Finally, if you think you are too busy for your pet, consider that many individuals work and have families, and yet are still able to keep a pet healthy and happy. “Some people give away their rabbits because they don’t have a lot of time,” said Reeves. “But with the large number of pets looking for a home, it’s likely that the next place the rabbit goes — whether it be a shelter, a rescue group, or a home — may also have busy people with limited time.” The same goes for dogs, cats, horses, and other pets. In other words, it may be better off for the animal if you found some time to care for it rather than risk giving it to another owner who may also be busy.
But even if you are in a position where you cannot keep your pet, rehoming your companion may not be necessary. There are alternatives that you can consider. For instance, if you need to relocate to a home that does not allow pets, you can ask a family or friend to keep your pet for a while. If that is a possibility, you may be able to see your pet and then take him or her back once you are ready.
But don’t abuse the pet sitting perk if someone agrees to do it. “Keep in mind that just because your family and friends love your pet, it doesn’t mean that they are capable or willing to take over care indefinitely,” said McLaughlin. “And even if they are, make sure it is a proper fit for the pet, too.” If the circumstances are right, however, this may be the best route for your pet.
Even if none of your family or friends can take in your pet, you might be able to find a temporary solution for your pet while you work toward a situation where you can take him or her back.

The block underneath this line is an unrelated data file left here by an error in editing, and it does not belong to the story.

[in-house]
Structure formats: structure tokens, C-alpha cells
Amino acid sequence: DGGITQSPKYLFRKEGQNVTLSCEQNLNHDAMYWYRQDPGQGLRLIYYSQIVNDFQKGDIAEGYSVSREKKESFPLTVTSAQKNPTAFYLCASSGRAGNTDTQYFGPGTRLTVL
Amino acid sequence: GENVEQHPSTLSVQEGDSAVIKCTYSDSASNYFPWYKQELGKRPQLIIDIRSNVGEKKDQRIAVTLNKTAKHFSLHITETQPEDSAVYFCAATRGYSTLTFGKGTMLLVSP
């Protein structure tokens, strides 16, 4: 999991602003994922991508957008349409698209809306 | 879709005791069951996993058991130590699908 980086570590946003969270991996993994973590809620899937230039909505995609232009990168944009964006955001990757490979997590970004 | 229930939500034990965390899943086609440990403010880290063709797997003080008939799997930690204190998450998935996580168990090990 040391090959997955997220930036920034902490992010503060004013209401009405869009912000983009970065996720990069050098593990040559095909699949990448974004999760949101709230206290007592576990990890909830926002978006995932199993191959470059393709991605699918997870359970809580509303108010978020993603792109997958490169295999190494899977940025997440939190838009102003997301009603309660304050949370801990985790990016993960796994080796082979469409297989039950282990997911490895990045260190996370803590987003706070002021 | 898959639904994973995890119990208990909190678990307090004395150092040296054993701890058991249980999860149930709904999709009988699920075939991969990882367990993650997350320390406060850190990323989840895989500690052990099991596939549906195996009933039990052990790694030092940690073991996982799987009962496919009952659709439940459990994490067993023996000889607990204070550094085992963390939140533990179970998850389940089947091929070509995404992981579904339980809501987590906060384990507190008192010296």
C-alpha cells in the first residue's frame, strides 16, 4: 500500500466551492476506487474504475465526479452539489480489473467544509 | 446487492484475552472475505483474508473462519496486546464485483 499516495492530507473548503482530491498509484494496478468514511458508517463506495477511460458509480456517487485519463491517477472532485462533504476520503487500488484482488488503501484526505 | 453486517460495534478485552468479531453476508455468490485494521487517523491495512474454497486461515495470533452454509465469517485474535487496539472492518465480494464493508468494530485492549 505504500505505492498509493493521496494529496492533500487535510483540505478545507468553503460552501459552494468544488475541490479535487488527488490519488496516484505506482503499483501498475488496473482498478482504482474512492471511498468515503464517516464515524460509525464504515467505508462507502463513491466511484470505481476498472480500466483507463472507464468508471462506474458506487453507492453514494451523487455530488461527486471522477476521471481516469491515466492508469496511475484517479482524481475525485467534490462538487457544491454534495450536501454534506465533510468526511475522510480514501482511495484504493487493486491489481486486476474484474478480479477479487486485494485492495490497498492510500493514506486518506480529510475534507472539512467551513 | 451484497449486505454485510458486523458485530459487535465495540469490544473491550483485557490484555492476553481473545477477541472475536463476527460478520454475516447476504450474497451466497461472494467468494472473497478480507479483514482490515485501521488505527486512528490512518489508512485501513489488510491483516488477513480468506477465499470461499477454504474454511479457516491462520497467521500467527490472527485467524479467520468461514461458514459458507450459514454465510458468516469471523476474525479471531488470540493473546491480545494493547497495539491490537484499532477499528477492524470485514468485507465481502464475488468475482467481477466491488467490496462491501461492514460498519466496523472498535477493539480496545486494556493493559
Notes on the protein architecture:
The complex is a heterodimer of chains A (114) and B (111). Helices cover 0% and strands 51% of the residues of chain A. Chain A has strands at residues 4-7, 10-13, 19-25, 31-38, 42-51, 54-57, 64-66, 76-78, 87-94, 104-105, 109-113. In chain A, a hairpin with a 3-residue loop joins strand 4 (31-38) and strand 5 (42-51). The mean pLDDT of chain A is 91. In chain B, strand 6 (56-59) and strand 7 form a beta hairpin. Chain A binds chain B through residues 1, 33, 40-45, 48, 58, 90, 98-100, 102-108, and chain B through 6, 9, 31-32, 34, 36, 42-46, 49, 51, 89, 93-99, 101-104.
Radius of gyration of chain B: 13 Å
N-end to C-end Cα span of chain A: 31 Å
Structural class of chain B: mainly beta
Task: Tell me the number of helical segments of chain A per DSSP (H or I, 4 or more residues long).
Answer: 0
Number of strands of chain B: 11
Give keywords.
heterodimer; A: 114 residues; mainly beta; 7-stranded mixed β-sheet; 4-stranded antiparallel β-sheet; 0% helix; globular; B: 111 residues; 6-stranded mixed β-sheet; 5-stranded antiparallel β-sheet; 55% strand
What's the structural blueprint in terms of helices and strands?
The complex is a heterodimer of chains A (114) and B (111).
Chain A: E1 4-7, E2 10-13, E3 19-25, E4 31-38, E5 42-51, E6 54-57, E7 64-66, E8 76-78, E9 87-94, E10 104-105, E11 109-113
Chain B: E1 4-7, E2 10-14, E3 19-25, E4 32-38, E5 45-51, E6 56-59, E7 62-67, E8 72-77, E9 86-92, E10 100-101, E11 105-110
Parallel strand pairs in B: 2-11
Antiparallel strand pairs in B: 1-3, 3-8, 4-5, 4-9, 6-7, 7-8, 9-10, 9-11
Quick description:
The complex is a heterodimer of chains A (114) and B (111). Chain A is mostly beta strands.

“If your situation will be short-lived, and you can afford it, boarding your pet may be an option that allows you to get him or her back when your situation changes,” said McLaughlin. Shorter stays with boarding facilities are better than longer ones, but this is a viable option for those who may be in transition. If you are unsure whether a boarding facility will accommodate your pet for an extended period of time, call and ask.
Of course, those solutions may not work for everyone. If you absolutely must rehome your pet regardless of attempts to try and maximize your ability to keep your pet, continue reading to find out how you can at least find your pet the best possible new caretakers.
2. How long can I hold onto my pet?
Ideally, if you find yourself in a situation where you must rehome your pet, you should start the process as soon as possible. A time crunch will make it difficult for you to do your research, and will often add stress to what is already a difficult situation. Don’t wait until the last minute, or it could cost your pet a high-quality home.
In fact, you can take steps to ensure your pet will always have a good home, even if you never plan on rehoming your pet. Start training and socialization as early as possible. Friendly and well-behaved pets have a much better chance at finding homes. “Even if you don’t care about whether or not your pet is trained for your own sake, remember that training is not just for you — it’s for him,” said McLaughlin.
Then, if you are ever in a situation where you have to make the choice to find your pet a new home, your pet will already have a good start.
3. How do I find my pet a good home?
If you have determined that the best approach is to rehome your pet, then it is important for you to consider your options. Thankfully, there are many rescues, shelters, and advocacy groups that can help.
Unfortunately, some shelters are so full that it’s difficult for employees and volunteers to spend much time with the dogs, cats, and other animals they receive. It is common for some of these shelters to impose time limits on animals, due to the sheer number of pets they receive and their limited resources. The truth with these shelters is that they dispose of pets that do not get adopted within a certain time frame. Doing so enables them to take in more pets and strays, who are then given a similar chance to be adopted. For this reason, keep in mind that while these facilities may take your pet, your pet may not be able to find a new home before it is too late.